Aircraft could be at risk of being hit by Russian cruise missiles fired from the Caspian Sea at Syria.
The warning was made by The European Aviation Safety Agency (EASA) which warned in a safety briefing: “Before reaching Syria, such missiles are necessarily crossing the airspace above Caspian Sea, Iran and Iraq, below flight routes which are used by commercial transport airplanes.”
Although the Russian navy is regularly firing missiles at various sites in the country, they tend to travel at below 600ft, well below the heights of commercial aircraft.
The United Nations air safety agency, ICAO, is also believed to have sent formal requests to Russia, Turkey and Iran concerning the any dangers posed to civil aviation.
Air France has responded to the warnings by changing some of its routes with a spokesperson telling The Evening Standard on Monday that temporary special rules are in place for flying over Iran and the Caspian Sea
However, British Airways, having declined to say on Friday whether or not it was altering routes in the region, added on Monday that the advice did not contain any more information than what is already in place for the region.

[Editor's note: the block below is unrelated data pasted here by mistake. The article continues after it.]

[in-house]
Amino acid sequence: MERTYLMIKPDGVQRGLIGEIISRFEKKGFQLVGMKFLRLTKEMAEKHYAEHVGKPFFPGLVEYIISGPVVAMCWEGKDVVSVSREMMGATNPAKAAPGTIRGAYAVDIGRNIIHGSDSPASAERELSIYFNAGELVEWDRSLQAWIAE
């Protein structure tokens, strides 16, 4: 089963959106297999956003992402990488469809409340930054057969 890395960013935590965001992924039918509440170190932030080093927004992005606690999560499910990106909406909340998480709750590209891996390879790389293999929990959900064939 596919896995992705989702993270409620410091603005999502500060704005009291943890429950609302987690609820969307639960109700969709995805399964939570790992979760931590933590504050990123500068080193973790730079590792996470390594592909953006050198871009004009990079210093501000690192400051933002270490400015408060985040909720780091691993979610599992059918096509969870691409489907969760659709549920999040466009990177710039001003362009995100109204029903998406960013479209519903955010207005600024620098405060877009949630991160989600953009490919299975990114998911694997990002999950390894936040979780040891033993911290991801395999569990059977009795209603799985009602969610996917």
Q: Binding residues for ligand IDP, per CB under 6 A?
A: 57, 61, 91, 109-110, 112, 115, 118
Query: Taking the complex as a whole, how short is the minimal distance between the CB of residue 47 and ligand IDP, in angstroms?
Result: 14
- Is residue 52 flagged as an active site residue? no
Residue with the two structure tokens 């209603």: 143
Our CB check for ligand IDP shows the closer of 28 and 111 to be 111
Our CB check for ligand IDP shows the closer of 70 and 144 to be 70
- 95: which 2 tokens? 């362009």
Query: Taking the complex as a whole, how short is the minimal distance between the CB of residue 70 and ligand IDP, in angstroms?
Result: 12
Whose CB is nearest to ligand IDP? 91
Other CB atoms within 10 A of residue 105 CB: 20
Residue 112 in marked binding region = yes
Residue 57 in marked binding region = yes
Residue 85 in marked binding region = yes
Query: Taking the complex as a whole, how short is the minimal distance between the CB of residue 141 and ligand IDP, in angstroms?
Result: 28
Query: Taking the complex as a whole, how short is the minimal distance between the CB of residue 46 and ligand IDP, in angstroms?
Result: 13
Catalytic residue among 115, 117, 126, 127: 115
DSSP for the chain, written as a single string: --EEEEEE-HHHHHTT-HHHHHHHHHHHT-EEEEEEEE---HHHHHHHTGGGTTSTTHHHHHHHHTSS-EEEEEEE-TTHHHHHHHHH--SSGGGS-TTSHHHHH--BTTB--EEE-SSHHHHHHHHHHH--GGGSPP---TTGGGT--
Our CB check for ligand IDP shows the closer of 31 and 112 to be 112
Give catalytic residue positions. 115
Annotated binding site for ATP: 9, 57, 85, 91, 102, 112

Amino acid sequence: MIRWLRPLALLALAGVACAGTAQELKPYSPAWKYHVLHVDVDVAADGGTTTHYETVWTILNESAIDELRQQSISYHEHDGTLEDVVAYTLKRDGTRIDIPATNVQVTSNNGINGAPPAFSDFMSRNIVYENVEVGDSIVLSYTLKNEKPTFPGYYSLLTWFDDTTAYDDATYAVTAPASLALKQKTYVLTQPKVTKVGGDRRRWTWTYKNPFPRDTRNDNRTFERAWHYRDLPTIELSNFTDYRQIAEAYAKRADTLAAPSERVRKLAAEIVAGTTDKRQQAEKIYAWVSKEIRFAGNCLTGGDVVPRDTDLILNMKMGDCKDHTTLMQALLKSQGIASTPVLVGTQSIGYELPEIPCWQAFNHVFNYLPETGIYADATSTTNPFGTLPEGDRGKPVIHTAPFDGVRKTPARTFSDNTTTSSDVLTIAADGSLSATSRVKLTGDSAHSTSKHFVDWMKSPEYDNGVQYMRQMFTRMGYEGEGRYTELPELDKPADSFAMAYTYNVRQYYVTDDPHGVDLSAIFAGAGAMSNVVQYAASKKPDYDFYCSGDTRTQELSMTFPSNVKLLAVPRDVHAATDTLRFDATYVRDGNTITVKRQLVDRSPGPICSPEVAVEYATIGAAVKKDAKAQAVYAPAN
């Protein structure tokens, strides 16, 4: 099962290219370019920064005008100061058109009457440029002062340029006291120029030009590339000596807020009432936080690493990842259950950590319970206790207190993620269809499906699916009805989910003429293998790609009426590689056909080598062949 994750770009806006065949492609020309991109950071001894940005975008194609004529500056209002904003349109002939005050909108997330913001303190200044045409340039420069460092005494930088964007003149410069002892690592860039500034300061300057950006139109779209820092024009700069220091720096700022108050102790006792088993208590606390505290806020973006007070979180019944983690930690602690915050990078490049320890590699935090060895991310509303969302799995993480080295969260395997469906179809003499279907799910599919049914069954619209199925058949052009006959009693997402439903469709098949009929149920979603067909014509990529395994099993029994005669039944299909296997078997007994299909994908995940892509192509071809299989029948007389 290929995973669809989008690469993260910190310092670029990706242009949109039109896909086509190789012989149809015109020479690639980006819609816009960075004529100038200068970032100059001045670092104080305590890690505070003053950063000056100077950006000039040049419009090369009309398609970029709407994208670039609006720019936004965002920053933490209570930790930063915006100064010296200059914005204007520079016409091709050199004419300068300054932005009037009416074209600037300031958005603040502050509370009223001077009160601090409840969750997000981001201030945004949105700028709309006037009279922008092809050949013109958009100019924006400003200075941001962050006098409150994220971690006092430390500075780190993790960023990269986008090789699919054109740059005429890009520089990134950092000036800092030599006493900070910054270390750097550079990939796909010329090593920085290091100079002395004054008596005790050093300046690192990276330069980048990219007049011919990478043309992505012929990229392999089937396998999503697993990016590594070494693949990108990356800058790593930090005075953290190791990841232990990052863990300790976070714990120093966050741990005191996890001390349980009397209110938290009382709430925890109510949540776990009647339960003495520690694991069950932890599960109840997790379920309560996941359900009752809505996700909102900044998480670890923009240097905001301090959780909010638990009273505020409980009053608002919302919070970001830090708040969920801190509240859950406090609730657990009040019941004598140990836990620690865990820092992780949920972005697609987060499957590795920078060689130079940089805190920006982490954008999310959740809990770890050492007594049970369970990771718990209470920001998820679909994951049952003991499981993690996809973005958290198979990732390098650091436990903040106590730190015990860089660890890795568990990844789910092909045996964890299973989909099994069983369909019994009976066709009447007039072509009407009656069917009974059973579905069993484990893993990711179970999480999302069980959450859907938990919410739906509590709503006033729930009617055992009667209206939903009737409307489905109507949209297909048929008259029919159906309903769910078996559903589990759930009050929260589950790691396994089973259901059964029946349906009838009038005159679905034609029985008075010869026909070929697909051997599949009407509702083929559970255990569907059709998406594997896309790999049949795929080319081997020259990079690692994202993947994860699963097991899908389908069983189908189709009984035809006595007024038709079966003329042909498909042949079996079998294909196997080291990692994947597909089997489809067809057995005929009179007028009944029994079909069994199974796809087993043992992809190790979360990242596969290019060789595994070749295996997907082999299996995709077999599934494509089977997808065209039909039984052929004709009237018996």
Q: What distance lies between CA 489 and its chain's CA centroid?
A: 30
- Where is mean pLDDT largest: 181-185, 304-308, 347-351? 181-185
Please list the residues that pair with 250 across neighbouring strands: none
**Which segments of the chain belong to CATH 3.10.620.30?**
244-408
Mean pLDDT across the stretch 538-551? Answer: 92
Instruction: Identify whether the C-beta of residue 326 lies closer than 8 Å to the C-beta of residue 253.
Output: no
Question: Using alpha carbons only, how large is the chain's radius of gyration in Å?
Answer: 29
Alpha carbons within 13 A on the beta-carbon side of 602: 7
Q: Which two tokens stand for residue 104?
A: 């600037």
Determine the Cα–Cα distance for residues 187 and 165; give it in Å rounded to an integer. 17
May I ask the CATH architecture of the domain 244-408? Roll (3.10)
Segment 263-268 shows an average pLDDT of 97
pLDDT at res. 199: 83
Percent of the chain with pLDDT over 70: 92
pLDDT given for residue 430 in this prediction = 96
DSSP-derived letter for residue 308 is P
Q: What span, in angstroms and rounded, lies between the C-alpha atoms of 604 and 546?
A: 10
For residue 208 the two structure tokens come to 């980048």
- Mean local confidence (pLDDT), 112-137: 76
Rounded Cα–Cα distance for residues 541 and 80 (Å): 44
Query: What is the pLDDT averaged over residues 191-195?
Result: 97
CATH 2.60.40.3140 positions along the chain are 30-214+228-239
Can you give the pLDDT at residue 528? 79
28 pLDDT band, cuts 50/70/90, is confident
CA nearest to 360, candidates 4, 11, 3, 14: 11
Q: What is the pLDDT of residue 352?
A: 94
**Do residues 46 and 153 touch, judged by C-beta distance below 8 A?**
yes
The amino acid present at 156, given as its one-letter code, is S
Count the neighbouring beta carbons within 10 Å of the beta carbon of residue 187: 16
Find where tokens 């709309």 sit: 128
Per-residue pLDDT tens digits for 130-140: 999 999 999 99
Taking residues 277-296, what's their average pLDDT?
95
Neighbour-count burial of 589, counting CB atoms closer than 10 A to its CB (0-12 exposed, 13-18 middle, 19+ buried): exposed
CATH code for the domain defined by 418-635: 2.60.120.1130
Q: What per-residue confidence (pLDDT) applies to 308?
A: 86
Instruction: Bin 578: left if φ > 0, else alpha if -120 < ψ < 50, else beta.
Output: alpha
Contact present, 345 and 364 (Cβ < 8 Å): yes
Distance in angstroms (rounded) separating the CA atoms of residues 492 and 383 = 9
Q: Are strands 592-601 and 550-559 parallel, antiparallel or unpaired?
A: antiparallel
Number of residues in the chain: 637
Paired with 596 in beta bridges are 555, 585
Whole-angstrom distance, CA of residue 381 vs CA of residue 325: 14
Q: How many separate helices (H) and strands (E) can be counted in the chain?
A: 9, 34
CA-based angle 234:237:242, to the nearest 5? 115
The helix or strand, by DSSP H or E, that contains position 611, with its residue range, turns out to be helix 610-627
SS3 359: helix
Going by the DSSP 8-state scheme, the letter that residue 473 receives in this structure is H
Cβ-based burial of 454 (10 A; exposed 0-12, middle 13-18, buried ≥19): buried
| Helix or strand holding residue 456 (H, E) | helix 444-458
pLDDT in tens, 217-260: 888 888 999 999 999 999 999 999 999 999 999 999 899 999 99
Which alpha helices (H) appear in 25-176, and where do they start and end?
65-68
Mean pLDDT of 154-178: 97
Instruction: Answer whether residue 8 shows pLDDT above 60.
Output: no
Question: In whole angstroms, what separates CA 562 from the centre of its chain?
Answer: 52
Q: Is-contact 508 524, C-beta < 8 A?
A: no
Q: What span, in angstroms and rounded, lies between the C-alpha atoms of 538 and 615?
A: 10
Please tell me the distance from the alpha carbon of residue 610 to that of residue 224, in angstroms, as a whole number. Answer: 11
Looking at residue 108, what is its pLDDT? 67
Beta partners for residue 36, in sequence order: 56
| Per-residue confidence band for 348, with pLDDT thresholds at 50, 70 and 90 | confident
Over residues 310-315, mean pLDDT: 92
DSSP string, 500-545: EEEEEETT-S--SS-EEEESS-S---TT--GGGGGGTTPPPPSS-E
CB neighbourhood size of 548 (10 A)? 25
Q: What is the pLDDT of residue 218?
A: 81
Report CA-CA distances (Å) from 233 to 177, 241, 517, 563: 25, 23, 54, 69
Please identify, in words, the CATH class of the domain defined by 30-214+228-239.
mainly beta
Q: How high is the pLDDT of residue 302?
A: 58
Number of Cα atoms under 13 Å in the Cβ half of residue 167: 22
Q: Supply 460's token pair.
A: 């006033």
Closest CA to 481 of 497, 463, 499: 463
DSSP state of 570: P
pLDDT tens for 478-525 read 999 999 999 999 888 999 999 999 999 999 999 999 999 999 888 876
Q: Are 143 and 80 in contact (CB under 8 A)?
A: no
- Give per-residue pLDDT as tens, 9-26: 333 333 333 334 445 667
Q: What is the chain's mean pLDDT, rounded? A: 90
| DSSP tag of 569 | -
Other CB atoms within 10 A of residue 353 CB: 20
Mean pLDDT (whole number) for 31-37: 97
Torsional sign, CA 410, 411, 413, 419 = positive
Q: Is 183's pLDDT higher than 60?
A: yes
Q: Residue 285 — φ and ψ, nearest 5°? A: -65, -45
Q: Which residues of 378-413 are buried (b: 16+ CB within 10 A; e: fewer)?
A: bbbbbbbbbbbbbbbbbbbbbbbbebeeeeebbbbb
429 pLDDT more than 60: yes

A spokesperson said the airline would “never fly in airspace unless we were satisfied that it was safe to do so”.
He added: "Our security teams are aware of that EASA bulletin and continue to liaise with the relevant parts of the UK Government."
The latest concerns come as Dutch safety investigators prepare to publish an investigation into the shooting down of Malaysian Airlines MH17 over Ukraine last year.
A total of 283 people died in the incident, which has been blamed on Russian separatists, although the report is not expected to officially apportion blame.
While it seems unlikely that civil aviation should be endangered, in the wake of recent events it is good to know airlines are being given plenty of advice